How do we meet the 30% higher energy demand by 2040?

The demographic explosion, the boom in the middle classes, economic growth, digitization and increased mobility: all these factors will generate a 30% increase in the global energy demand between 2017 and 2040.

This increase will pave the way for growth in the demand for electricity - likely to be 4 times higher than other energy sources.  



To meet this demand, renewable energies will develop extensively. At the same time, fossil fuels will continue to dominate since they will still represent 77% of the global energy mix by 2040. 

How can we produce all the energy the world will need while also protecting resources and fighting global warming?

To achieve it, we will have to successfully build a world in which energy is decarbonized, decentralized and digitized. 


Global energy needs will increase by 30% between 2017 and 2040

→ Decarbonize energy

Decarbonizing energy is based on three levers.

1- Developing energy efficiency solutions could allow us to reduce CO2 emissions by 40% by 2040. Without them, over the same period, it is estimated that the increase in energy demand would be 100% instead of the expected 30%.

2- Developing zero CO2 energy production: solar, wind, and energy produced from all types of waste.

3- CO2 capture is a future solution for mitigating fossil fuel emissions.

→ Decentralize and digitize energy

Produced in a decentralized and diffuse way, renewable energy disrupts the organization of energy systems, in particular that of electricity grids. The fact that they tend to be intermittent and a large number of actors are involved (regional, local, central, companies, individuals, etc.) transforms practices and makes their management more complex. Smart grids are developing. They integrate energy storage and information and communication technologies for more precise, more flexible management, thereby optimizing the balance between production, distribution and consumption.


Braunschweig, a model of energy transition


Veolia’s solutions and experiments for tomorrow’s world

  • Energy efficiency is at the heart of all Veolia's offerings. The greenest and least expensive energy of all is in fact the energy we do not use.
    In the United States, Veolia supported the New York Power Authority (NYPA) in its strategy to reduce the energy consumption of 3,900 public buildings - including the Bronx Zoo and Grand Central Station. The NYPA has saved more than $134 million and avoided the emission of nearly 820,000 tonnes of greenhouse gases per year, which is equivalent to saving more than 2.5 million barrels of oil per year.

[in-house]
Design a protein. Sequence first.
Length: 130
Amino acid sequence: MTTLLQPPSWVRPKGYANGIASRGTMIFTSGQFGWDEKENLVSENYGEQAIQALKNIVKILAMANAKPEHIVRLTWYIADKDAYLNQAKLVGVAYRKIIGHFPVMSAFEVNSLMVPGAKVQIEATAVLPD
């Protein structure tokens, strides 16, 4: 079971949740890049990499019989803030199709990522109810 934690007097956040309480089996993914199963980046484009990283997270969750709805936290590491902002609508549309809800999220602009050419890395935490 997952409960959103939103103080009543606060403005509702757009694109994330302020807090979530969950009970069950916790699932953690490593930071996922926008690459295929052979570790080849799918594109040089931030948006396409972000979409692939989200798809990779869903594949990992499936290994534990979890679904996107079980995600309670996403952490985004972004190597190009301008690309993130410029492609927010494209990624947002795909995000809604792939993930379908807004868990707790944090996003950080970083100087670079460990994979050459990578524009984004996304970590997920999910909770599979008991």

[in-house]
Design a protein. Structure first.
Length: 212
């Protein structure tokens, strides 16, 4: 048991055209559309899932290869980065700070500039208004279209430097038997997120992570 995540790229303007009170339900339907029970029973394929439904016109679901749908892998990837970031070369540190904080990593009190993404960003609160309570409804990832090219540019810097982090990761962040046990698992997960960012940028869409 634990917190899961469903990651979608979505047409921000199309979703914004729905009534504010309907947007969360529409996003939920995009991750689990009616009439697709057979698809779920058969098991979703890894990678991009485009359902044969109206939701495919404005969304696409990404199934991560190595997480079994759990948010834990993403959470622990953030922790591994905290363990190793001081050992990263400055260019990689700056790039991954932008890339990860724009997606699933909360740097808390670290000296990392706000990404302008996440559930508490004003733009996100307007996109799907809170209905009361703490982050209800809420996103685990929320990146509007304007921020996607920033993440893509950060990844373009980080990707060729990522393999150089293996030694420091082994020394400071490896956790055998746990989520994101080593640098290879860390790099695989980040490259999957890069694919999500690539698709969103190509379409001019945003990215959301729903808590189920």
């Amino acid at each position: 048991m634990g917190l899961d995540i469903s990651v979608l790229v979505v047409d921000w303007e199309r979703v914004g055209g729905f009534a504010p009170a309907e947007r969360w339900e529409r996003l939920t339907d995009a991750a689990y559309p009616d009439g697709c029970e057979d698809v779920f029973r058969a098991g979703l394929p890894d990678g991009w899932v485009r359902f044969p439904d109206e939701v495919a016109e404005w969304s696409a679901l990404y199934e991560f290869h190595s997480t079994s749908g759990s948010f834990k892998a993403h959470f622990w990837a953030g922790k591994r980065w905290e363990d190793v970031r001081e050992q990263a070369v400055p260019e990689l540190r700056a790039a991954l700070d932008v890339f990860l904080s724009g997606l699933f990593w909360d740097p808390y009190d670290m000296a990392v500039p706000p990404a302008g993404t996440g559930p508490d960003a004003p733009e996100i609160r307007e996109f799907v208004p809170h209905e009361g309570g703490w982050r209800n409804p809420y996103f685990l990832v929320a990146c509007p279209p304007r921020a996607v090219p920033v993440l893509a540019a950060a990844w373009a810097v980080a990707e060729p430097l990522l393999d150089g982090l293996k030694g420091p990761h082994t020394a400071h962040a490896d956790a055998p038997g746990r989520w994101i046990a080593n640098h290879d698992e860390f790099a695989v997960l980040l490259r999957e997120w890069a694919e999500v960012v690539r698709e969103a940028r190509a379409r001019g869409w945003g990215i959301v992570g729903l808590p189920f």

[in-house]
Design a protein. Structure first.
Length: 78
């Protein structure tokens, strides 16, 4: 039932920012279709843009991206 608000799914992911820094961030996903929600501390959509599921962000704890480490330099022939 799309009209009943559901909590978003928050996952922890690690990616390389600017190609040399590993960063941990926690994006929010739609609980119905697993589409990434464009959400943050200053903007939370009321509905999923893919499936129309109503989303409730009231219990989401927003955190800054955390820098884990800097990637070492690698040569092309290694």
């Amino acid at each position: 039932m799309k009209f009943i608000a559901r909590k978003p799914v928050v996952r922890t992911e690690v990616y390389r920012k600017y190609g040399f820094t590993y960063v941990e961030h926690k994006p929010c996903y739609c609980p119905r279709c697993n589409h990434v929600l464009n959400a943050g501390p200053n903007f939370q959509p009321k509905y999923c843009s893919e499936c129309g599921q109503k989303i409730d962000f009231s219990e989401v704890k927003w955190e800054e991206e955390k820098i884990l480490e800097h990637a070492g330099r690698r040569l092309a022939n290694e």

• As a pioneer in the development of new energy solutions, Veolia has been selected under the European ReUseHeat project to test a process for the recovery and reuse of the excess heat available at urban level. The project includes four large-scale demonstrators: one on a data center in Braunschweig, Germany, the second on wastewater collectors in Nice, the third on the cooling system of a hospital in Madrid, and the last on a metro station in Bucharest.

Only 1% of lost heat is recovered in Europe

  • With microgrids, Veolia is working on developing next-generation heating networks: flexibility, real-time and remote management optimized on the basis of downstream demand and upstream production, recovery of lost local heat.
    In Borås, Sweden, the Group has created a 37,000 m3 hot water tank (the equivalent of 10 Olympic-sized pools) to store the heat produced by a biomass cogeneration plant. This solution levels out the peaks and troughs in the city's energy consumption and reduces its carbon footprint.
  • Despite the increase in renewable energies, fossil fuels will continue to dominate the energy mix in 2040. It will therefore be necessary to find solutions that limit the CO2 emissions they will continue to generate. CO2 capture and reuse could help meet this challenge. Consequently, Veolia is conducting experiments with Carbon Clean Solutions Limited (CCSL), an Anglo-Indian start-up that has developed a CO2 capture technology that is 30 to 40% cheaper than any technology available until now. CCSL's flagship facility is a coal-fired power plant in Tamil Nadu, India, which was the first industrial facility in the world to reuse all its CO2 emissions.


490 billion dollars of state aid has been allocated to the fossil fuel sector, as against only 135 billion for renewables. A ratio of almost four to one, which continues to heavily penalize alternative energies